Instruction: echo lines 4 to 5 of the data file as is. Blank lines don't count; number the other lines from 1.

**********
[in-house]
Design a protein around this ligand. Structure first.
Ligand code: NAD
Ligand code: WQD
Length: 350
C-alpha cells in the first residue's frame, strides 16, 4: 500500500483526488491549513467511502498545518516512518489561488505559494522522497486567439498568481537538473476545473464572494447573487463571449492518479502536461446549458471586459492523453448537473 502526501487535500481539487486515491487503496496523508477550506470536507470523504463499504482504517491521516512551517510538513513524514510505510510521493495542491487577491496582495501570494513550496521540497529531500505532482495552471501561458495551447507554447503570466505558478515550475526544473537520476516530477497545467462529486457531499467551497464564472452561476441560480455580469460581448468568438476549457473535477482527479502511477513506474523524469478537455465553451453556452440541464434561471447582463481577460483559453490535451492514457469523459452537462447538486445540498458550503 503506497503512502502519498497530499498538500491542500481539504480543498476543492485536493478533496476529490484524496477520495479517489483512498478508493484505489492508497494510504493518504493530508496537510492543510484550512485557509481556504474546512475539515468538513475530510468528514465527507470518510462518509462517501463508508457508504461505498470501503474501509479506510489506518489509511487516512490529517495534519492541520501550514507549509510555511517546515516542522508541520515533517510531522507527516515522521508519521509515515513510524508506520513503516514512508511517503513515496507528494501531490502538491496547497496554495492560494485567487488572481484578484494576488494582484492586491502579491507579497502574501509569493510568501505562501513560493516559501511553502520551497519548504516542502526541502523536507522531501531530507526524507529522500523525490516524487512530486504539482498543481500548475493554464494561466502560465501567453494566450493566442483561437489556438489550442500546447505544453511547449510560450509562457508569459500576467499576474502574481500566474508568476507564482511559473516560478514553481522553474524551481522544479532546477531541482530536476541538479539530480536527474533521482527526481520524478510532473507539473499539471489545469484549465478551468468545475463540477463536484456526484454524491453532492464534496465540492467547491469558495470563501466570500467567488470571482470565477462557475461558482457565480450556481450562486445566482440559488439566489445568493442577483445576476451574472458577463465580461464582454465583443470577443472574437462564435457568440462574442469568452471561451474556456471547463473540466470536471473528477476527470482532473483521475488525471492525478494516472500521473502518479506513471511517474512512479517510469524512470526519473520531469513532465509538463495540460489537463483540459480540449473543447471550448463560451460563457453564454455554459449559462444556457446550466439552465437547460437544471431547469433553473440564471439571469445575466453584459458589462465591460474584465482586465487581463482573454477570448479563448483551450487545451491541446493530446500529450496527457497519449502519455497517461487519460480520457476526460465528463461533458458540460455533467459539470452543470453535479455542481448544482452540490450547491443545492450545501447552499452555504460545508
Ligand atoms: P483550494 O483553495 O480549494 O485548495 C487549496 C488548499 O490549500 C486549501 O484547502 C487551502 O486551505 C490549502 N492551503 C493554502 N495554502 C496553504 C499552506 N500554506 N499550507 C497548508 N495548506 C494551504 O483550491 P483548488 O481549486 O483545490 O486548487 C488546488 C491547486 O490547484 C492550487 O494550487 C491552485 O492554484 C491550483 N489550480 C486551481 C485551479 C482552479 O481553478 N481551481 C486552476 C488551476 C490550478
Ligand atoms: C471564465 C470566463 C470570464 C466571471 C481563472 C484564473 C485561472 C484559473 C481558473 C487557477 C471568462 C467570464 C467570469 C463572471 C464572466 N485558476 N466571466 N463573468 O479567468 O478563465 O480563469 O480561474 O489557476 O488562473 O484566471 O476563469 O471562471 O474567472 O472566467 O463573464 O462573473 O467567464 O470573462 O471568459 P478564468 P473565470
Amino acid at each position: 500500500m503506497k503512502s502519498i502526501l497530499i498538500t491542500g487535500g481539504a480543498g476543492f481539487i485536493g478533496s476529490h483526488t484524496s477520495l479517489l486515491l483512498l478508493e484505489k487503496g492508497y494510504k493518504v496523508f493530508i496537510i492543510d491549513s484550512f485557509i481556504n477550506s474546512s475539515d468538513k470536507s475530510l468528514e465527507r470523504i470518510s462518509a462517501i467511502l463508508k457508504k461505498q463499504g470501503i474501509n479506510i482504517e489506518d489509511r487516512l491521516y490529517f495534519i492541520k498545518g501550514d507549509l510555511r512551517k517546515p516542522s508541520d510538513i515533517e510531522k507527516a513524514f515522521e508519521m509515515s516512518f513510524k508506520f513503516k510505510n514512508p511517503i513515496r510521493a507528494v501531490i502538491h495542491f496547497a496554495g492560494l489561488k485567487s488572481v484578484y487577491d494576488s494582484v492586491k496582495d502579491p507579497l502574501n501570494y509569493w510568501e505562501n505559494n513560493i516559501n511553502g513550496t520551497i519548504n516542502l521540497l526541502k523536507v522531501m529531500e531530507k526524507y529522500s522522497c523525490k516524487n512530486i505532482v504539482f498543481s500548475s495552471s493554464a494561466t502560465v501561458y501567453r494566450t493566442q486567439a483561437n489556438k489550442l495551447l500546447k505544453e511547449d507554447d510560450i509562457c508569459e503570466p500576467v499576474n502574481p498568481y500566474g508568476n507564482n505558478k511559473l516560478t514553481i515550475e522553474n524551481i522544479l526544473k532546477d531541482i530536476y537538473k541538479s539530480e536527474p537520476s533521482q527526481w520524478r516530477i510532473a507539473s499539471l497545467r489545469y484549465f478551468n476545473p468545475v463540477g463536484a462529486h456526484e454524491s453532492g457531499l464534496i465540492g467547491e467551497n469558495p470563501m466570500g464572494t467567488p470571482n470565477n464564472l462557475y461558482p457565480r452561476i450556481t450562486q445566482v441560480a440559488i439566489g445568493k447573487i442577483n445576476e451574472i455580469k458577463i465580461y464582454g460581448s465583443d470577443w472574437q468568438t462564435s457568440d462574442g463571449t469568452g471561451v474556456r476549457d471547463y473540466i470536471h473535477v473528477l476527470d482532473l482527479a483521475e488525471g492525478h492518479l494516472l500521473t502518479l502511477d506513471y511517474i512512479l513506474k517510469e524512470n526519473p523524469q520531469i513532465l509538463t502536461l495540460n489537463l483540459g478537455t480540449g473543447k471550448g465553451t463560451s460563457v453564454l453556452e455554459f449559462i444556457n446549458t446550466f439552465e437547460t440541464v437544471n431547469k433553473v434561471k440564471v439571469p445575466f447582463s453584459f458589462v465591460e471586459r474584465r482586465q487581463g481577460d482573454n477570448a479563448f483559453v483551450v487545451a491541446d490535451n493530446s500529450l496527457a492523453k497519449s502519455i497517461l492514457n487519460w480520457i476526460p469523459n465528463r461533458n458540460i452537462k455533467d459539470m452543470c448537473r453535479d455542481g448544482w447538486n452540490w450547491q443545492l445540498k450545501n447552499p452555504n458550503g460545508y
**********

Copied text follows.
Ligand code: WQD
Length: 350